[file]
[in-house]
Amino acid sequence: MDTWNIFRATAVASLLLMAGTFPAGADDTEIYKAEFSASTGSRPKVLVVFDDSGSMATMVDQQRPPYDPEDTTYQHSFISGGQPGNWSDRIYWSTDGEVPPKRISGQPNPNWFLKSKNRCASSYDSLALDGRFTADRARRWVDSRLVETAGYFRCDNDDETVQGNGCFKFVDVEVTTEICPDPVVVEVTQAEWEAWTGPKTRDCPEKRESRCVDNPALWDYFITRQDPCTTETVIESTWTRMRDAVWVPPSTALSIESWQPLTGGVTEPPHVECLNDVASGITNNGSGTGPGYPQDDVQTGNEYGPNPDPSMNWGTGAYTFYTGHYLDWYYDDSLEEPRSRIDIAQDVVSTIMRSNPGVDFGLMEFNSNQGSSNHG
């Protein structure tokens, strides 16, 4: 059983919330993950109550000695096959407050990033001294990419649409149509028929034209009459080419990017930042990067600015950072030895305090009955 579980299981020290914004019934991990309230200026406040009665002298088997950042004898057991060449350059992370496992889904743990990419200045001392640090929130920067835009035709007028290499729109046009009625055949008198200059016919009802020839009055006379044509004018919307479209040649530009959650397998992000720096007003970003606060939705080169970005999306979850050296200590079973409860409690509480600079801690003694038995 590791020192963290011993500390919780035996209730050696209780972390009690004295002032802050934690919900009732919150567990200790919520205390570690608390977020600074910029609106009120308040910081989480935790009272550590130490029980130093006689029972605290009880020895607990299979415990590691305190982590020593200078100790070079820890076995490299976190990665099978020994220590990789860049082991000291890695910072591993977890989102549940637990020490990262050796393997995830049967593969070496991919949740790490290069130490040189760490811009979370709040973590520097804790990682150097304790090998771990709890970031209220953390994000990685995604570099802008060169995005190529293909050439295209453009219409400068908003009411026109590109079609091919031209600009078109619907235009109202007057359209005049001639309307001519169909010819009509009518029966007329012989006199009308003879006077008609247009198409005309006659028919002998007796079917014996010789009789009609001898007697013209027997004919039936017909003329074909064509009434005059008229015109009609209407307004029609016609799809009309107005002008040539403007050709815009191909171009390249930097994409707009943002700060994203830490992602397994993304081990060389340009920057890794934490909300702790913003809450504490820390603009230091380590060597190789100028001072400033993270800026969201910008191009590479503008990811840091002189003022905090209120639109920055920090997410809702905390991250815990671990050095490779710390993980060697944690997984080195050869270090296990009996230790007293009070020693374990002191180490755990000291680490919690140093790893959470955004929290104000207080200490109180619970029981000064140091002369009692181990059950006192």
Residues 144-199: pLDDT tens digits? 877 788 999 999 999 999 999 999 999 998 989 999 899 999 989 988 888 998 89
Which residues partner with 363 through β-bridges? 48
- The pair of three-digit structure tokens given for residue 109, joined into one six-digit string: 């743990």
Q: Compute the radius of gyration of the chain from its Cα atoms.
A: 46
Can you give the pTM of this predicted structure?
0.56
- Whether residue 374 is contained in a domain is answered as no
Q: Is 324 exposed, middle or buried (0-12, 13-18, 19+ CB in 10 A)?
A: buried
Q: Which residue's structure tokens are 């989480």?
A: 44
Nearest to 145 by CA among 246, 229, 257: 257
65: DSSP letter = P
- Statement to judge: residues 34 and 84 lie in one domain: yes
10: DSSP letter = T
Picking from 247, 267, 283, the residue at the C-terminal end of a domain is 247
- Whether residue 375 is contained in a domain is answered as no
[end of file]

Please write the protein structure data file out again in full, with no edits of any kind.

[in-house]
Amino acid sequence: MDTWNIFRATAVASLLLMAGTFPAGADDTEIYKAEFSASTGSRPKVLVVFDDSGSMATMVDQQRPPYDPEDTTYQHSFISGGQPGNWSDRIYWSTDGEVPPKRISGQPNPNWFLKSKNRCASSYDSLALDGRFTADRARRWVDSRLVETAGYFRCDNDDETVQGNGCFKFVDVEVTTEICPDPVVVEVTQAEWEAWTGPKTRDCPEKRESRCVDNPALWDYFITRQDPCTTETVIESTWTRMRDAVWVPPSTALSIESWQPLTGGVTEPPHVECLNDVASGITNNGSGTGPGYPQDDVQTGNEYGPNPDPSMNWGTGAYTFYTGHYLDWYYDDSLEEPRSRIDIAQDVVSTIMRSNPGVDFGLMEFNSNQGSSNHG
């Protein structure tokens, strides 16, 4: 059983919330993950109550000695096959407050990033001294990419649409149509028929034209009459080419990017930042990067600015950072030895305090009955 579980299981020290914004019934991990309230200026406040009665002298088997950042004898057991060449350059992370496992889904743990990419200045001392640090929130920067835009035709007028290499729109046009009625055949008198200059016919009802020839009055006379044509004018919307479209040649530009959650397998992000720096007003970003606060939705080169970005999306979850050296200590079973409860409690509480600079801690003694038995 590791020192963290011993500390919780035996209730050696209780972390009690004295002032802050934690919900009732919150567990200790919520205390570690608390977020600074910029609106009120308040910081989480935790009272550590130490029980130093006689029972605290009880020895607990299979415990590691305190982590020593200078100790070079820890076995490299976190990665099978020994220590990789860049082991000291890695910072591993977890989102549940637990020490990262050796393997995830049967593969070496991919949740790490290069130490040189760490811009979370709040973590520097804790990682150097304790090998771990709890970031209220953390994000990685995604570099802008060169995005190529293909050439295209453009219409400068908003009411026109590109079609091919031209600009078109619907235009109202007057359209005049001639309307001519169909010819009509009518029966007329012989006199009308003879006077008609247009198409005309006659028919002998007796079917014996010789009789009609001898007697013209027997004919039936017909003329074909064509009434005059008229015109009609209407307004029609016609799809009309107005002008040539403007050709815009191909171009390249930097994409707009943002700060994203830490992602397994993304081990060389340009920057890794934490909300702790913003809450504490820390603009230091380590060597190789100028001072400033993270800026969201910008191009590479503008990811840091002189003022905090209120639109920055920090997410809702905390991250815990671990050095490779710390993980060697944690997984080195050869270090296990009996230790007293009070020693374990002191180490755990000291680490919690140093790893959470955004929290104000207080200490109180619970029981000064140091002369009692181990059950006192």
Residues 144-199: pLDDT tens digits? 877 788 999 999 999 999 999 999 999 998 989 999 899 999 989 988 888 998 89
Which residues partner with 363 through β-bridges? 48
- The pair of three-digit structure tokens given for residue 109, joined into one six-digit string: 């743990």
Q: Compute the radius of gyration of the chain from its Cα atoms.
A: 46
Can you give the pTM of this predicted structure?
0.56
- Whether residue 374 is contained in a domain is answered as no
Q: Is 324 exposed, middle or buried (0-12, 13-18, 19+ CB in 10 A)?
A: buried
Q: Which residue's structure tokens are 């989480």?
A: 44
Nearest to 145 by CA among 246, 229, 257: 257
65: DSSP letter = P
- Statement to judge: residues 34 and 84 lie in one domain: yes
10: DSSP letter = T
Picking from 247, 267, 283, the residue at the C-terminal end of a domain is 247
- Whether residue 375 is contained in a domain is answered as no